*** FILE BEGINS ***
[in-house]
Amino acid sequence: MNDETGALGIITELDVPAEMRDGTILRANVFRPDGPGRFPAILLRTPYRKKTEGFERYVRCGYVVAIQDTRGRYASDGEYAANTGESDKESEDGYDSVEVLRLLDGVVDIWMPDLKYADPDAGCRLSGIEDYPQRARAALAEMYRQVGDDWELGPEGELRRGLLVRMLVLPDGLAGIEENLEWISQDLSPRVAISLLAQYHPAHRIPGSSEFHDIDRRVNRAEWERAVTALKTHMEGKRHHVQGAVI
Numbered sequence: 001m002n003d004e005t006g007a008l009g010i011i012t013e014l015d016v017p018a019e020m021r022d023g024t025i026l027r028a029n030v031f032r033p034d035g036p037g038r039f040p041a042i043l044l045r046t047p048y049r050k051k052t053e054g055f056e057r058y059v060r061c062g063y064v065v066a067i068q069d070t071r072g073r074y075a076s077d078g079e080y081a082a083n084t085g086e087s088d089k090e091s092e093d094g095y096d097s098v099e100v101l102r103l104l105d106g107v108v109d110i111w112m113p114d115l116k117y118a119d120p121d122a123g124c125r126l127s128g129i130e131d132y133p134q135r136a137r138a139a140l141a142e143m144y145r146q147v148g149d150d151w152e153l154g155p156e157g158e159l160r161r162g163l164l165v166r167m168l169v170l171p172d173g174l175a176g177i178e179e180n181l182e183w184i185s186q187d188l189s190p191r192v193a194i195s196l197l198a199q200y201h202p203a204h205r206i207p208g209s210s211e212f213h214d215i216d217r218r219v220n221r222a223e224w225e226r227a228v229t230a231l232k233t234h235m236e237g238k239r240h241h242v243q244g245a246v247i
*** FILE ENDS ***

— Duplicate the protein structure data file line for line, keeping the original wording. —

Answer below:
[in-house]
Amino acid sequence: MNDETGALGIITELDVPAEMRDGTILRANVFRPDGPGRFPAILLRTPYRKKTEGFERYVRCGYVVAIQDTRGRYASDGEYAANTGESDKESEDGYDSVEVLRLLDGVVDIWMPDLKYADPDAGCRLSGIEDYPQRARAALAEMYRQVGDDWELGPEGELRRGLLVRMLVLPDGLAGIEENLEWISQDLSPRVAISLLAQYHPAHRIPGSSEFHDIDRRVNRAEWERAVTALKTHMEGKRHHVQGAVI
Numbered sequence: 001m002n003d004e005t006g007a008l009g010i011i012t013e014l015d016v017p018a019e020m021r022d023g024t025i026l027r028a029n030v031f032r033p034d035g036p037g038r039f040p041a042i043l044l045r046t047p048y049r050k051k052t053e054g055f056e057r058y059v060r061c062g063y064v065v066a067i068q069d070t071r072g073r074y075a076s077d078g079e080y081a082a083n084t085g086e087s088d089k090e091s092e093d094g095y096d097s098v099e100v101l102r103l104l105d106g107v108v109d110i111w112m113p114d115l116k117y118a119d120p121d122a123g124c125r126l127s128g129i130e131d132y133p134q135r136a137r138a139a140l141a142e143m144y145r146q147v148g149d150d151w152e153l154g155p156e157g158e159l160r161r162g163l164l165v166r167m168l169v170l171p172d173g174l175a176g177i178e179e180n181l182e183w184i185s186q187d188l189s190p191r192v193a194i195s196l197l198a199q200y201h202p203a204h205r206i207p208g209s210s211e212f213h214d215i216d217r218r219v220n221r222a223e224w225e226r227a228v229t230a231l232k233t234h235m236e237g238k239r240h241h242v243q244g245a246v247i